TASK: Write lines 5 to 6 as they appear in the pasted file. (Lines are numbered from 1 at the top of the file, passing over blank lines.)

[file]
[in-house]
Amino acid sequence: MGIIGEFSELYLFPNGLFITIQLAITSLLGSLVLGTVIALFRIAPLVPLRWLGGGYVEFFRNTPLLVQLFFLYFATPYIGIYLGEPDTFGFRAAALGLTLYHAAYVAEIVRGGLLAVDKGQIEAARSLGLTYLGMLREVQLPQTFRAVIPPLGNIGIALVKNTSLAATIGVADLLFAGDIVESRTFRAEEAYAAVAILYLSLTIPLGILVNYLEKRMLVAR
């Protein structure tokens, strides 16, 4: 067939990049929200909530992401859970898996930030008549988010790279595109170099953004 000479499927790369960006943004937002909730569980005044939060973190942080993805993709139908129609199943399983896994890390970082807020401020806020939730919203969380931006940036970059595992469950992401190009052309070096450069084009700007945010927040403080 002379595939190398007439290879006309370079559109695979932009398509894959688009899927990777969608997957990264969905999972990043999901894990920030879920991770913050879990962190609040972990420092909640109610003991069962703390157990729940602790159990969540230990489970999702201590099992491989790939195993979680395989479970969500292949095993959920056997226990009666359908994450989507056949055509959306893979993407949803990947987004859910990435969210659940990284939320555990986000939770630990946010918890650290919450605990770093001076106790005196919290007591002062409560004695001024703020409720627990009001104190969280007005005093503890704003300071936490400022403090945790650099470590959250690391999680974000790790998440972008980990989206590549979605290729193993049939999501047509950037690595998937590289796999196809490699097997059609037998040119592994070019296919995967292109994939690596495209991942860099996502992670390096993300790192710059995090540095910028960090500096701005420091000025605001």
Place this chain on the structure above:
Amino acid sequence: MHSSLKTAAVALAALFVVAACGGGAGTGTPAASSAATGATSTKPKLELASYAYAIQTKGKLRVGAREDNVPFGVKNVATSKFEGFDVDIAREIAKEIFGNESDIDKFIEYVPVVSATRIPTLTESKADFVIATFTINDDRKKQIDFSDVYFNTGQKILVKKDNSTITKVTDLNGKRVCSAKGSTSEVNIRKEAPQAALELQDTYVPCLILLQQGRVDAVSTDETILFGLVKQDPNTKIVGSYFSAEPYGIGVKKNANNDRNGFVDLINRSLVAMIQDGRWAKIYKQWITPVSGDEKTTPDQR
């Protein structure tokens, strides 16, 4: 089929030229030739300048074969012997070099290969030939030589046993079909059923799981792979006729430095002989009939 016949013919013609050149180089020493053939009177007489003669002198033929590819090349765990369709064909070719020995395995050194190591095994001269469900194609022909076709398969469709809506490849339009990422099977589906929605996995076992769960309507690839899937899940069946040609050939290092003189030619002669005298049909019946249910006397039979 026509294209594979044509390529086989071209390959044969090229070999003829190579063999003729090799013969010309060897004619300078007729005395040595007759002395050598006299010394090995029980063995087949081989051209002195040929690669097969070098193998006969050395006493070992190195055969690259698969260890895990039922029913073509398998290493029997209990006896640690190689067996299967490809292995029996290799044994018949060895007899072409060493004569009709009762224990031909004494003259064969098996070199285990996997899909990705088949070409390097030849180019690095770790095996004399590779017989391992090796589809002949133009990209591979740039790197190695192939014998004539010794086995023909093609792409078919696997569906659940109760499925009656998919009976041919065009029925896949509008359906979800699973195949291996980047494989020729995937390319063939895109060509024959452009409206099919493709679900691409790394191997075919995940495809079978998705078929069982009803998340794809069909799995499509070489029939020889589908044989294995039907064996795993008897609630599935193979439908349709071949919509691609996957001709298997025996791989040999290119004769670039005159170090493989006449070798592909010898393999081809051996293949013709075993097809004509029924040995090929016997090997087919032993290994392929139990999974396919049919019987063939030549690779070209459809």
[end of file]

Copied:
Amino acid sequence: MHSSLKTAAVALAALFVVAACGGGAGTGTPAASSAATGATSTKPKLELASYAYAIQTKGKLRVGAREDNVPFGVKNVATSKFEGFDVDIAREIAKEIFGNESDIDKFIEYVPVVSATRIPTLTESKADFVIATFTINDDRKKQIDFSDVYFNTGQKILVKKDNSTITKVTDLNGKRVCSAKGSTSEVNIRKEAPQAALELQDTYVPCLILLQQGRVDAVSTDETILFGLVKQDPNTKIVGSYFSAEPYGIGVKKNANNDRNGFVDLINRSLVAMIQDGRWAKIYKQWITPVSGDEKTTPDQR
């Protein structure tokens, strides 16, 4: 089929030229030739300048074969012997070099290969030939030589046993079909059923799981792979006729430095002989009939 016949013919013609050149180089020493053939009177007489003669002198033929590819090349765990369709064909070719020995395995050194190591095994001269469900194609022909076709398969469709809506490849339009990422099977589906929605996995076992769960309507690839899937899940069946040609050939290092003189030619002669005298049909019946249910006397039979 026509294209594979044509390529086989071209390959044969090229070999003829190579063999003729090799013969010309060897004619300078007729005395040595007759002395050598006299010394090995029980063995087949081989051209002195040929690669097969070098193998006969050395006493070992190195055969690259698969260890895990039922029913073509398998290493029997209990006896640690190689067996299967490809292995029996290799044994018949060895007899072409060493004569009709009762224990031909004494003259064969098996070199285990996997899909990705088949070409390097030849180019690095770790095996004399590779017989391992090796589809002949133009990209591979740039790197190695192939014998004539010794086995023909093609792409078919696997569906659940109760499925009656998919009976041919065009029925896949509008359906979800699973195949291996980047494989020729995937390319063939895109060509024959452009409206099919493709679900691409790394191997075919995940495809079978998705078929069982009803998340794809069909799995499509070489029939020889589908044989294995039907064996795993008897609630599935193979439908349709071949919509691609996957001709298997025996791989040999290119004769670039005159170090493989006449070798592909010898393999081809051996293949013709075993097809004509029924040995090929016997090997087919032993290994392929139990999974396919049919019987063939030549690779070209459809």